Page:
"We have heard from thousands of people asking us to do something about gun violence," Pearson said. "What it is in the best interest of our people is ending gun violence."
"This country was built on a protest," he added in his emotional opening remarks. "You who celebrate July 4, 1776, you say to protest is wrong."
Ahead of the votes, Republican Rep. Johnny Garrett criticized the three lawmakers and moved to have a seven-minute video showing the lawmakers on the floor during the protest played. The showing of the video was fought by Democrats, who questioned its relevance, provenance and the benefit of showing it.
The video showed Johnson, Jones and Pearson speaking on the house floor, using a bullhorn to amplify their voices. Some legislators were gathered behind them, and protestors could be heard in the background. Democrats questioned the video, because filming on the floor violates house rules, with Democratic chairman Rep. John Ray Clemmons calling it hypocritical that the person who made the video would not be punished the same way Johnson, Jones and Pearson were.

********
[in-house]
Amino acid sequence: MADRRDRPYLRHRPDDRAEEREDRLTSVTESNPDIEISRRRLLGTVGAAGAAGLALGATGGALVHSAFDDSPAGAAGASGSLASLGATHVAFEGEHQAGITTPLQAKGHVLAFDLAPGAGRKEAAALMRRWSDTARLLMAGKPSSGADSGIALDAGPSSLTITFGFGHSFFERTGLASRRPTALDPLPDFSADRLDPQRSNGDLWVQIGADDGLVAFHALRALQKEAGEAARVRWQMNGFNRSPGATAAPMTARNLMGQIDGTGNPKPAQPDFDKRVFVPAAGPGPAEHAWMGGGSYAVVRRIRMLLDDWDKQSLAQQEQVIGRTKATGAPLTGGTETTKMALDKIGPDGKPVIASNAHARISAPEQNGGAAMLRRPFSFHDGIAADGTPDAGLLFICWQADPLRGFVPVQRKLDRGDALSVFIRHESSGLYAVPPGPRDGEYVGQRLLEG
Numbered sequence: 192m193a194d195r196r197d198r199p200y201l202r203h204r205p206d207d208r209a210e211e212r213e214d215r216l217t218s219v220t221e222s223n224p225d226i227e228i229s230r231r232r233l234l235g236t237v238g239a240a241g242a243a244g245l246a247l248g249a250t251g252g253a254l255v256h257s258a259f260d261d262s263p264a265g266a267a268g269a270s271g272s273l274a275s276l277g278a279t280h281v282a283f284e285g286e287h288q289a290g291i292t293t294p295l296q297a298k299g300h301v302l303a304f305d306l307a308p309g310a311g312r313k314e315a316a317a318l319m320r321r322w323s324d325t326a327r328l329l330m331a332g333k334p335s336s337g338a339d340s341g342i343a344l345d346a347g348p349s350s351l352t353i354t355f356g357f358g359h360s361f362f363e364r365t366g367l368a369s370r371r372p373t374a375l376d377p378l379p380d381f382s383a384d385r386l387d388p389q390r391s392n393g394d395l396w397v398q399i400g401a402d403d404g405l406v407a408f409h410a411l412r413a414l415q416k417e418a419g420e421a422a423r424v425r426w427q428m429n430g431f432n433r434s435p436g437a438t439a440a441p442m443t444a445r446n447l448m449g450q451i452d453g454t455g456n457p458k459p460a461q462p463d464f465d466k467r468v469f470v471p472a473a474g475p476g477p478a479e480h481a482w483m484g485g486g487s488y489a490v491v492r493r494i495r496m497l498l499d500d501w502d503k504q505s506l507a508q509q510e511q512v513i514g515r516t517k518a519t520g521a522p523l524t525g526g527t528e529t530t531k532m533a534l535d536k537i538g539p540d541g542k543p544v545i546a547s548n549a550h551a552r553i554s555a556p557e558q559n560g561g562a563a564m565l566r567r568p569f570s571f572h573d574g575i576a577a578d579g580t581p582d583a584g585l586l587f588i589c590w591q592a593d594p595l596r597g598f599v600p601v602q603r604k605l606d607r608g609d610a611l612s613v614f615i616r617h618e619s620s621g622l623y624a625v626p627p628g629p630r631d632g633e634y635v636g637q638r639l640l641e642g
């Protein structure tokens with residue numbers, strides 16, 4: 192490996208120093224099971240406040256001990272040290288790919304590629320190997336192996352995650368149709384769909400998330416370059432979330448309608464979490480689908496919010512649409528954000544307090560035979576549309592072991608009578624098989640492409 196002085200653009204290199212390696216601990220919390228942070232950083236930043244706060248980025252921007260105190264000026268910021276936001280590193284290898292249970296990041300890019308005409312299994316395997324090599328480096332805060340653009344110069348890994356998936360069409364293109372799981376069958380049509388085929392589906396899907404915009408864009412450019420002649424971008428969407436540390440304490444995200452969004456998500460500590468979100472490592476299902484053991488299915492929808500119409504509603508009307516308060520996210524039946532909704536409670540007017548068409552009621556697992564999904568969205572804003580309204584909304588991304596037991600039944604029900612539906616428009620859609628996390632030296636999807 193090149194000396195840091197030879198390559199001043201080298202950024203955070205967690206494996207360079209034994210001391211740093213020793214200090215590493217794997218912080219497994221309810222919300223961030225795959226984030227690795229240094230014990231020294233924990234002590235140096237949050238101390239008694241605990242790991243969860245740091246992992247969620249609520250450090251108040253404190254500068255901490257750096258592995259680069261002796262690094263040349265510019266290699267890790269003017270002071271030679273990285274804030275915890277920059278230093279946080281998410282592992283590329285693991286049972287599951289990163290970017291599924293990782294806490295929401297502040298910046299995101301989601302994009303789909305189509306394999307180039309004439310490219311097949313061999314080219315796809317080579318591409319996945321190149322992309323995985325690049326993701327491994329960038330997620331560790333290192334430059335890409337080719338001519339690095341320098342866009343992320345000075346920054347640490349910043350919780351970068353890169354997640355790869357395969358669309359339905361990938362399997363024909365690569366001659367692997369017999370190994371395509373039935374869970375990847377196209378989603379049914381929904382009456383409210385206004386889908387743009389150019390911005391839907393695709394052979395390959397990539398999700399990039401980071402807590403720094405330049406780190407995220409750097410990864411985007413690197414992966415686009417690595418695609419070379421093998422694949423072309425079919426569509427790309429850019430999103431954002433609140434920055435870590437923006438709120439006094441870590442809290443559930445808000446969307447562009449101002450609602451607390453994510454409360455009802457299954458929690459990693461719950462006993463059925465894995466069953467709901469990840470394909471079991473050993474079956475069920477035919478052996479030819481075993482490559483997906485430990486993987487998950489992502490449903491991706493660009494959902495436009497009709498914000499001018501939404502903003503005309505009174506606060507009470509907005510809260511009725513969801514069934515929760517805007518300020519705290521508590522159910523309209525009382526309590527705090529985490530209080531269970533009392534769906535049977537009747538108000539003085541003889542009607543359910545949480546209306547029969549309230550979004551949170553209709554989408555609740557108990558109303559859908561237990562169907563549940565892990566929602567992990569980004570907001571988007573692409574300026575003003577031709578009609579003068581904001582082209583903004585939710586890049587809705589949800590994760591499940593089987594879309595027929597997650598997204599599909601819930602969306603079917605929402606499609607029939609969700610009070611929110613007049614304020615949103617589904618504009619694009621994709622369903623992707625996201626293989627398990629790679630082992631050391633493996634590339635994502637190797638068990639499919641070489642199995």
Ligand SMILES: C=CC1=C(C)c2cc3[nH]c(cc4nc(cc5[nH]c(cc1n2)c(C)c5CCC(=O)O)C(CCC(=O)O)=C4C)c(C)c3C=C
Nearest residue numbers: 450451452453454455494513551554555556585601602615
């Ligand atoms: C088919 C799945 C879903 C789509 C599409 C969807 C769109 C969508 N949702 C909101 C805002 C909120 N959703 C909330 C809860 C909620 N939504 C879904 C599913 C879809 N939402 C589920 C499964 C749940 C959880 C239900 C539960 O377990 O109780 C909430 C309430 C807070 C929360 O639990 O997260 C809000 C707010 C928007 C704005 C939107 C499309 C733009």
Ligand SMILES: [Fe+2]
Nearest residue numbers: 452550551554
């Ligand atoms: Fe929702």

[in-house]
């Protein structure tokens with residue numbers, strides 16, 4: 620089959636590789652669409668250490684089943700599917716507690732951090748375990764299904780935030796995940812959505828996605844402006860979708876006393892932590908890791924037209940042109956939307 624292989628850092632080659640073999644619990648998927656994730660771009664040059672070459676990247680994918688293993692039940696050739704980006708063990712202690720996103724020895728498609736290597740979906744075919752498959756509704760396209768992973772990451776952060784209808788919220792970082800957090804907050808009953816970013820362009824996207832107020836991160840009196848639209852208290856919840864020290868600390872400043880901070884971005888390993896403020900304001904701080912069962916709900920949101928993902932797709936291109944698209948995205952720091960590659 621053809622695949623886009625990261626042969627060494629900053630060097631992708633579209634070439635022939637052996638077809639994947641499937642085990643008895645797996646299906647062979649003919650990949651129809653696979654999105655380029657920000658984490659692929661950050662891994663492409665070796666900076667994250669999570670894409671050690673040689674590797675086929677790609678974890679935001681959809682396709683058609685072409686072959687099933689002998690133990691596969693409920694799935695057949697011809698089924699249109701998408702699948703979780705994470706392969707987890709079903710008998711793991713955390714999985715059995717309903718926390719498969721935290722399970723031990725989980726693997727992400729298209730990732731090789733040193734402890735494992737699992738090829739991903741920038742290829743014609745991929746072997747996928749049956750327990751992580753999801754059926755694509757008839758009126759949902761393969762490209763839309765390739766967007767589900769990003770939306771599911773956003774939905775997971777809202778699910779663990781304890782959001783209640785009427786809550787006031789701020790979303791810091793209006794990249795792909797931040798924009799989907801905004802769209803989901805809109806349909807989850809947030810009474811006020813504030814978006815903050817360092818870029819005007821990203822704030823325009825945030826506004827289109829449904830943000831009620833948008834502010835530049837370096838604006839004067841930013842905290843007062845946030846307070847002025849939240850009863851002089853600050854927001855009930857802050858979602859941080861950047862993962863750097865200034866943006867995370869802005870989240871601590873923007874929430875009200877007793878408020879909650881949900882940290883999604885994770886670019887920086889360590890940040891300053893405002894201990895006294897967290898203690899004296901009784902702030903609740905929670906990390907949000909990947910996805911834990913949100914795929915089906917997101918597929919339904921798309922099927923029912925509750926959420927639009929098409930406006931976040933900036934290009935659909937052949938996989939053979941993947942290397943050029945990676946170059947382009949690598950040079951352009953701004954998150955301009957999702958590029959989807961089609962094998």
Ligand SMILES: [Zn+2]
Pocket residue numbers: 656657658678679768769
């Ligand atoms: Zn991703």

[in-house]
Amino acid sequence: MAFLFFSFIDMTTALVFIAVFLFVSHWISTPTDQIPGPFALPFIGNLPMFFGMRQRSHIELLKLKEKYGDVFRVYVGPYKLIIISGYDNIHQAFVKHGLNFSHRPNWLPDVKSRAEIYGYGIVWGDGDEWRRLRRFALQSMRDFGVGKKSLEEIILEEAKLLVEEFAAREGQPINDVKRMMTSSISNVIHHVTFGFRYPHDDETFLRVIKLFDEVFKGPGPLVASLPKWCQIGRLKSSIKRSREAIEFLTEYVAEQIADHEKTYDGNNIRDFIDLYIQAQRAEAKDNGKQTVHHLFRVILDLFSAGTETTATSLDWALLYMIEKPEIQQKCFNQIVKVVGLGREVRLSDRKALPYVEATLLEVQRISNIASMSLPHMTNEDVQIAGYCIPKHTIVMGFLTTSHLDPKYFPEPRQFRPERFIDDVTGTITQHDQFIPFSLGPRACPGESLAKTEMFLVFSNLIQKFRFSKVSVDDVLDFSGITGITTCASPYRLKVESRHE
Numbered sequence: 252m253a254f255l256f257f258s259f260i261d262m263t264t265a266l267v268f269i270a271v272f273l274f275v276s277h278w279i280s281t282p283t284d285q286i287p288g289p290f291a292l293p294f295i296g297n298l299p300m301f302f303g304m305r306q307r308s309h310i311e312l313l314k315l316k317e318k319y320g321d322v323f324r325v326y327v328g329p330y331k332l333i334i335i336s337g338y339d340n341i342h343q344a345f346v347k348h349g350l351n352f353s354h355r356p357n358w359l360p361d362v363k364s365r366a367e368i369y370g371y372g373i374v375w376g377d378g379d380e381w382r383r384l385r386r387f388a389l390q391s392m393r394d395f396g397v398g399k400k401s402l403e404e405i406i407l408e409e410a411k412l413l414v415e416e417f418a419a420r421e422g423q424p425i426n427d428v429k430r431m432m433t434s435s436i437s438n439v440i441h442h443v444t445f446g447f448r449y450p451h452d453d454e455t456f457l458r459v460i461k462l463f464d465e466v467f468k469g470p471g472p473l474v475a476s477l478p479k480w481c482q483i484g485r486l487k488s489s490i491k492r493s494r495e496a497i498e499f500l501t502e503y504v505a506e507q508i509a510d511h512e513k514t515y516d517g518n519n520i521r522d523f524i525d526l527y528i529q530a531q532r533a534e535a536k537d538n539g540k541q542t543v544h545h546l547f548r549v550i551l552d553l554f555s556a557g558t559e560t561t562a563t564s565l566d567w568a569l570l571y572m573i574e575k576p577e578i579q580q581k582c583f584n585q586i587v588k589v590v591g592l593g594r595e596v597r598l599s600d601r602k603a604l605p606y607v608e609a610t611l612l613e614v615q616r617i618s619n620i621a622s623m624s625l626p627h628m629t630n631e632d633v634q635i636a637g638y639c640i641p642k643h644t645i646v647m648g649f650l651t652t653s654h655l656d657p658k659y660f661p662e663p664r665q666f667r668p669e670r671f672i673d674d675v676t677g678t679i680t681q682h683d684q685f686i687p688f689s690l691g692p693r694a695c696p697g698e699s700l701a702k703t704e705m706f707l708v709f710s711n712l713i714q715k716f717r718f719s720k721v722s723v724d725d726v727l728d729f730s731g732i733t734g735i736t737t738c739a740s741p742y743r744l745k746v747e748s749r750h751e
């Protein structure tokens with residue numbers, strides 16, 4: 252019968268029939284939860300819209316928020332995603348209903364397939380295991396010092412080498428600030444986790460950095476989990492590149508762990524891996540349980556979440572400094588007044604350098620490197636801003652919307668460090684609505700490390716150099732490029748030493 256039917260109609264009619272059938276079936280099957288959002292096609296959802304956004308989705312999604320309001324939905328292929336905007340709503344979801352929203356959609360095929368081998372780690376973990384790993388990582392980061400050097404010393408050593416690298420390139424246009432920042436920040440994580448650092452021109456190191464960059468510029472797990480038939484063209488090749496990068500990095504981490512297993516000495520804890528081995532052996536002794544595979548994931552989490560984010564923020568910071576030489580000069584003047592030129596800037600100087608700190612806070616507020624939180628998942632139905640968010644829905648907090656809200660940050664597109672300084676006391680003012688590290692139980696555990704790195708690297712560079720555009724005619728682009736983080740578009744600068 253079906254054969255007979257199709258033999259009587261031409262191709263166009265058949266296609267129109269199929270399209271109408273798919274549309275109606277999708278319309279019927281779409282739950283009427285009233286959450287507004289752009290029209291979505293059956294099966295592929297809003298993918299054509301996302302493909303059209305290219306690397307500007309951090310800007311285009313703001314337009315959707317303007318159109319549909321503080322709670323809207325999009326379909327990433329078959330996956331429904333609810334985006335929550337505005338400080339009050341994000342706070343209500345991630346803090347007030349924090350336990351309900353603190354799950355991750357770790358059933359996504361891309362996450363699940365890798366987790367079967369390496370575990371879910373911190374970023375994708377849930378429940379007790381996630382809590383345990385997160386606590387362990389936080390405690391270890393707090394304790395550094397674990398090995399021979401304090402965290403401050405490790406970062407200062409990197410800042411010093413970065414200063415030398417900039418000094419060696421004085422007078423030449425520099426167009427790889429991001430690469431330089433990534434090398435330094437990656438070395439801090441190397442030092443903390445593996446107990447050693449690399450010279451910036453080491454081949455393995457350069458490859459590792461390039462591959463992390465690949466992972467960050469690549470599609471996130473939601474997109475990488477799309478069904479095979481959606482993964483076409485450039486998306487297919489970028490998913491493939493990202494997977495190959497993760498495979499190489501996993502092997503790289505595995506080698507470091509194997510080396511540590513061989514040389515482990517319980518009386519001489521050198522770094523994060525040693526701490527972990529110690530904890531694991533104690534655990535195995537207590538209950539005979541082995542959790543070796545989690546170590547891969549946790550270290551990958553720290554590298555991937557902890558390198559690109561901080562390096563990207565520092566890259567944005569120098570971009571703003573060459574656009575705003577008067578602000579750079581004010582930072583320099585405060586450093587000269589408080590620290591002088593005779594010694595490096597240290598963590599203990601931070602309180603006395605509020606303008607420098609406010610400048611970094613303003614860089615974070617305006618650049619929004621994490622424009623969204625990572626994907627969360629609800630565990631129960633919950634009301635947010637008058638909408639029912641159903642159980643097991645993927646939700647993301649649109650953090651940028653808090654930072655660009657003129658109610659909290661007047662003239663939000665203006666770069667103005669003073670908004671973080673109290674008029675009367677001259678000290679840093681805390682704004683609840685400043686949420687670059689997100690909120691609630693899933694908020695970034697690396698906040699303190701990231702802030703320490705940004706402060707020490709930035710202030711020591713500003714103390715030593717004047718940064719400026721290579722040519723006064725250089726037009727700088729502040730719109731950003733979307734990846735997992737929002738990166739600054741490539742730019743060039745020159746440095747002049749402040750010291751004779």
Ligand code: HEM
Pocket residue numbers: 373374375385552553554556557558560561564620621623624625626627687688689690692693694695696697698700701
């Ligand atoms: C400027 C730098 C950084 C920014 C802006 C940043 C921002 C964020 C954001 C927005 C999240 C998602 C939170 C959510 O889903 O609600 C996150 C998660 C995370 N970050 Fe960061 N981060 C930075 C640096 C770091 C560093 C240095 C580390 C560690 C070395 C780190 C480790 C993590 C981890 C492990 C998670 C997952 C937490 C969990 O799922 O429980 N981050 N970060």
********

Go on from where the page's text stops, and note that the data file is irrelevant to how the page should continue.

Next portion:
The expulsion votes garnered national attention, with Tennessee Republicans facing intense political criticism. White House press secretary Karine Jean-Pierre accused the lawmakers of focusing on rebuking Democrats and "shrugging in the face of yet another tragic school shooting while our kids continue to pay the price."
Three children and three teachers wereat the private Covenant School in Nashville, Tennessee. The shooter was armed with multiple weapons and was killed by police within minutes of the attack being reported.
"What did the Republican legislators do? They're trying to expel these three Democratic legislators who joined in the protest," Jean-Pierre said on Wednesday.
Several votes took place ahead of the vote to expel the legislators. Those votes were on bills including HB322, to harden schools with locked doors and drills, which was passed 95 to 4, with the "Tennessee Three" and one other Democrat voting no. House Bill 1051, which would expand mental health benefits across the state, passed with 97 yeas and no nay votes. The House also passed bills to increase school security and an amendment that would implement a mobile panic alert system that would allow first responders to communicate in real time was also voted on.
Pearson challenged the bills and said that they did not go far enough.
"Are you saying children will go to school and these resource officers will have AR-15s on them?" asked Pearson. "This is a part of what I think is a symptomatic problem of not addressing root causes. The root cause that each of us have to address is this gun violence epidemic due to the proliferation of guns."
Bo Mitchell, another Democrat, compared the bills to using "pain meds to treat cancer," pointing out that the United States is an outlier in regards to school shootings and "mass killings." Cheers from outside the chamber could be heard as he spoke.